Last week I opined on the dysfunction of Higher Ed — or rather, one particular aspect of it, since Academia is broken in so many ways. I began by trying to impress upon my readers the utter passivity of the freshmen students in my Introduction to Music (a required non-major “core” class), who are unwilling to either ask or answer questions in class, or come to office hours for extra help. They seem uninterested in learning, not only for its own sake (which is perhaps understandable of an 18-year-old at an entry-level state school) or even as a means to an end – a good grade. Too many of them fail test after test, yet in a typical semester, not one of them will ever visit me during office hours for extra help, or even ask a question in class. It is like being in a calm sea full of drowning people, none of whom wave or call out for help.

How many is “too many?” I have had many semesters where over half the class got a D or lower (while a few students got A’s and B’s, meaning those grades are achievable). This would seem to defy a good statistical outcome — a bell curve which peaks at a C, assuming C means “average.” But this kind of outcome can only be expected if all the students are trying.

I try to be as forthright as possible with my students, about grades and everything else. I explain to them my concept of grading, about what is traditionally understood to be communicated by the common letter grades. This understanding is sometimes upended by trendy professors (like this guy and this guy) who think everybody can and should get an A, but I adhere to it because I feel I owe it to the society which I serve, which still has that traditional understanding, which will be scrutinizing transcripts as it considers my students for jobs, grad schools, etc. I explain about the bell curve, how they should not be overly dismayed by a C, because that should by definition be the most commonly given grade (in reality, the most commonly given grade in higher ed is probably the A, but again I am a cranky traditionalist). I explain that if you measure any attribute or capability of human beings, given a large enough sample size, you will start to see that bell-shaped curve appear in your data points.

For example (I tell my class), I am sadly of average height for an American male — 5′ 8″. I am a C when it comes to height, but I don’t feel too badly about it, because I shouldn’t really expect to be exceptional — especially for those attributes which I cannot control. But imagine if I took a survey the height of everyone in this class — EVERYONE must be measured. Most would be close to the average, some would be shorter, some would be taller, a few would be truly exceptional on either end — and the result would be the curve. What if there were a few people who didn’t feel like showing up to class that day (remember, EVERYONE must be measured)? What if some people didn’t feel like expending the effort to stand up so that I could measure them at their full height? I don’t just throw out the results. The no-shows get measured at zero inches, and the people who refuse to stand up (because they are free to choose, and I can’t physically make them) get measured at their seated height — which for me is about 4’3″, depending on the chair I’m in. Now my bell curve is not going to appear, I am going to have more of a plateau and then a downward slope. There will be a disproportionate number of data points on the low side, because willingness to exert some minimal effort is a factor. Thus it is with test taking, with learning generally. Not everyone has equal aptitude, but also, not everyone has equal willingness.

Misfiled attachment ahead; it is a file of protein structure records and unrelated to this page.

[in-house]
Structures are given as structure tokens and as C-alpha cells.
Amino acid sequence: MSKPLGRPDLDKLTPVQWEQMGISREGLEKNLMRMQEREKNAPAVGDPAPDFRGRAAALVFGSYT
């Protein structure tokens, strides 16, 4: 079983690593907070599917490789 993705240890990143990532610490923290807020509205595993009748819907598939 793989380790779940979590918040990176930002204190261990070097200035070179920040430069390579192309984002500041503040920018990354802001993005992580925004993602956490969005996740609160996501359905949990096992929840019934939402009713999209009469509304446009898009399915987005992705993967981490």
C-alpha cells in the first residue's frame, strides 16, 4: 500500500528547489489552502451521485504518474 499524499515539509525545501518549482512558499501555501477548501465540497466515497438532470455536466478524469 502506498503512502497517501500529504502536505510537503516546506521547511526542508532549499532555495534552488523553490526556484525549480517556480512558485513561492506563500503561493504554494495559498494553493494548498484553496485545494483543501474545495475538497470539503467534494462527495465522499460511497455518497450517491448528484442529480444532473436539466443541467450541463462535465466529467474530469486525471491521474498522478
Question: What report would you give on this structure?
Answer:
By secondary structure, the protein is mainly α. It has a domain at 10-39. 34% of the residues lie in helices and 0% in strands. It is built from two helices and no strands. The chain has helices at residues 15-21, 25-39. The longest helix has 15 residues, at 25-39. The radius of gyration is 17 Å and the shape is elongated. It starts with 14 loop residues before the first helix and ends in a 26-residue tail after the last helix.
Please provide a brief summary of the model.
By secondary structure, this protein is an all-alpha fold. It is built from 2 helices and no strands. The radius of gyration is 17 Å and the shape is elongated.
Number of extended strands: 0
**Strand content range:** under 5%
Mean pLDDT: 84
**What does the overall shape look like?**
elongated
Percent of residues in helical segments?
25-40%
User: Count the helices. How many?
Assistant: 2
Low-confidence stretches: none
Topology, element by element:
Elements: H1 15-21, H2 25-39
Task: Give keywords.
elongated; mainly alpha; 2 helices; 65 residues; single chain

In the case of higher ed, one would think that this problem would be self-correcting, because those who are not willing to learn would not opt to go to college in the first place, or would not be admitted even if they tried, or would fail out. Ideally, this would be the case. But what if Higher Ed conformed to the lowered expectations and standards of K-12, rather than establishing a bar to be overcome, and thus signaling back to K-12 schools that they need to do better? What if Academia was more interested in the well-being of its own administration, staff, and faculty, instead of the best interests of the students? What it became understood within society, if perhaps only subconsciously and very gradually, that college was not really primarily about learning anymore? What if it was more about getting a four- or five-year vacation (on a manicured campus complete with dining halls akin to trendy urban restaurants and rec centers with rock-climbing walls) after a lifetime spent at home under the watchful eye of Mom and Dad? What if it was a place where you can go for free to play sports, and yeah maybe go to classes too, but only often enough to maintain that scholarship (and if you are a star, they will make sure you pass)? What if it was really more of a place to party and hook up?